Credit card interest rates hover near record highs
|CreditCards.com's Weekly Rate Report|
|Avg. APR||Last week||6 months ago|
|Methodology: The national average credit card APR is comprised of 100 of the most popular credit cards in the country, including cards from dozens of leading U.S. issuers and representing every card category listed above. Introductory, or teaser, rates are not included in the calculation.|
|Updated: Oct. 16, 2013|
Average rates on new credit card offers stayed put this week, according to the CreditCards.cfom Weekly Credit Card Rate Report.
The national average annual percentage rate (APR) remained at 15.03 percent Wednesday after ticking up the previous week for the third time in two months.
None of the cards tracked by CreditCards.com advertised new rates this week. Promotional APRs and balance transfer offers also remained unchanged.
The majority of card issuers have left interest rates alone for much of the past year. However, some issuers, including Capital One and Barclays, have recently hiked rates on a select number of cards. As a result, the national average has increased somewhat since August.
The national average APR is now at its highest point since January 2012. At that time, the national average was just shy of an all-time record high of 15.22 percent, set in December 2011. CreditCards.com began tracking rates in mid-2007.
Debt impasse bruises consumer spending
2013 has been a rough year for businesses that depend on consumer spending to grow. Consumer spending has increased slightly over the past year, but not by much.
According to research released by Gallup, for example, consumers spent an average of $90 per day on nonessential purchases in the first two weeks of October -- just $16 more than they spent during roughly the same period in 2012. (At the beginning of January, consumers spent an average of about $83 per day.)
Now, research released Oct. 15 shows that the fiscal crisis in Washington -- which may end this week -- is threatens to derail consumer spending even further.
According to a poll conducted by the investment firm Goldman Sachs and the International Council of Shopping Centers, 40 percent of consumers say the partial government shutdown has already caused them to pare down their spending at least somewhat.
The majority of consumers who cut back said they have reduced their spending by just "a little" so far. A small number said they reduced their spending considerably.
"It is clear that the fallout of the past two-week impasse in Congress has affected consumers' willingness and maybe their ability to spend," said the International Council of Shopping Center's Michael P. Niemera in a statement.
Consumers with limited incomes were among the most likely to say they increased savings after the U.S. suspended nonessential operations. Forty-seven percent of households making $35,000 or less, for example, said the impasse had shaken their desire to spend. Just 32 percent of households making $100,000 or more said the same.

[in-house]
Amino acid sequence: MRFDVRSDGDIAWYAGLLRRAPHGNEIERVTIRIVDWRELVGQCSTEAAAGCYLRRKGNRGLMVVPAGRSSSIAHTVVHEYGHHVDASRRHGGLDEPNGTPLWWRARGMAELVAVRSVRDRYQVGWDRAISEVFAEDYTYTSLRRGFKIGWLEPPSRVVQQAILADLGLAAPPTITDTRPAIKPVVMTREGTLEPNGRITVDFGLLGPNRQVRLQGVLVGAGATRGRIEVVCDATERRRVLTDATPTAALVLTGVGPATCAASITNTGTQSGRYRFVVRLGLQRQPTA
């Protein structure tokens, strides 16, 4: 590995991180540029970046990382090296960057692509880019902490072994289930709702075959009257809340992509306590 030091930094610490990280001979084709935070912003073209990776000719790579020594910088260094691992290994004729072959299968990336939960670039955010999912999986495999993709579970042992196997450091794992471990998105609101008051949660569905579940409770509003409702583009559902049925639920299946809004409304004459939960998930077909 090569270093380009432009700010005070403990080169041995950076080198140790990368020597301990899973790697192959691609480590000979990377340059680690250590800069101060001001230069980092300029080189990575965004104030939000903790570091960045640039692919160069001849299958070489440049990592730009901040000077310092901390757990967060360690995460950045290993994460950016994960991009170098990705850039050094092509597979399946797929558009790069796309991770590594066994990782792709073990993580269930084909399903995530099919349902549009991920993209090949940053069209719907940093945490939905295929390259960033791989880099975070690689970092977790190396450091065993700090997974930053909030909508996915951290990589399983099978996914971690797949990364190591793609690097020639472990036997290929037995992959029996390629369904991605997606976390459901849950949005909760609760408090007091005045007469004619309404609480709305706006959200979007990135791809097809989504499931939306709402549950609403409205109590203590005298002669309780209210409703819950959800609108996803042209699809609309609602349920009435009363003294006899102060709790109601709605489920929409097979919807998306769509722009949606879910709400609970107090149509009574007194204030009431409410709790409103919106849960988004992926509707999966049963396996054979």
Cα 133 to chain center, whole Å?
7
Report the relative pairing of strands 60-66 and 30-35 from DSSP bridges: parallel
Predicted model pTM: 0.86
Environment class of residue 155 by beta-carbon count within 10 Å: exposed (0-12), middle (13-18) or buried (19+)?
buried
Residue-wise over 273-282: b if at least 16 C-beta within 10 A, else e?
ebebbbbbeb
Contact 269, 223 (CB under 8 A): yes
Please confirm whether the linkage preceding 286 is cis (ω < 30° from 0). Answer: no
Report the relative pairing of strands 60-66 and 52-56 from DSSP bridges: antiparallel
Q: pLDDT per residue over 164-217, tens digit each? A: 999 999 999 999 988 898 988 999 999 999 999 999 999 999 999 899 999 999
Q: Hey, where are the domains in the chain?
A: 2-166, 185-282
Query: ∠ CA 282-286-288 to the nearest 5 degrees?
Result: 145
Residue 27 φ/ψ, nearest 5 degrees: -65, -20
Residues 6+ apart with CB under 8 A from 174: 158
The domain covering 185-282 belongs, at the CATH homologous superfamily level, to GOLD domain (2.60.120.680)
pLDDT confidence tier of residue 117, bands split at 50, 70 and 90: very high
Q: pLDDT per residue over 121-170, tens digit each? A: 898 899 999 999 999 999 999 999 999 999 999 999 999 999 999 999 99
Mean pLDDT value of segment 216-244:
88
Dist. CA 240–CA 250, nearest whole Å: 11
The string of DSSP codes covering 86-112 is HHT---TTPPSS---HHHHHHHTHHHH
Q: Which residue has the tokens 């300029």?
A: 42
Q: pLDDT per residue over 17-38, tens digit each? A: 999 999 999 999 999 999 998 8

The government shutdown went into effect Oct. 1. Now, in addition to the partial shutdown, consumers are also facing renewed uncertainty over lawmakers ability to resolve an impasse over the federal debt ceiling -- which is expected to be reached on Oct. 18 -- and pay the government's bills. (On Oct. 17, Senate leaders announced a last-minute bipartisan agreement to reopen the government and temporarily raise the federal debt ceiling until February 2014. As of press time, lawmakers have yet to vote on the final measure.)
As a result of the ongoing uncertainty, consumer confidence has corroded substantially in recent weeks.
According to Gallup's weekly Economic Confidence Index, consumer confidence has fallen 17 points over the past two weeks. Consumer confidence is now at its lowest point since the fall of 2011, say researchers.
Consumers are particularly concerned about where the economy is headed, according to a Gallup poll released Oct. 15.
The majority of consumers (71 percent) told researchers that they were afraid the economy is sliding backward; 46 percent said they thought the current state of the economy is "poor."
"As the U.S. government approached a default on its debt obligations, at the same time that the government stopped providing non-essential services, Americans' economic confidence continued to get worse," said Gallup's Jeffrey M. Jones in a news release. "The dip in confidence began in mid-September as the shutdown loomed, and accelerated after the shutdown began."
Experts now worry that the last several weeks of uncertainty could have lasting consequences on consumer confidence and spending, even if legislators manage to raise the federal debt ceiling in time to avert a potential default.
According to Jones, the last time the federal government nearly defaulted on its debt, the impact on consumer confidence lasted for nearly half a year. "The previous Washington struggle over the debt limit helped spur a protracted slump in Americans' economic confidence, which lasted nearly five months," said Jones.
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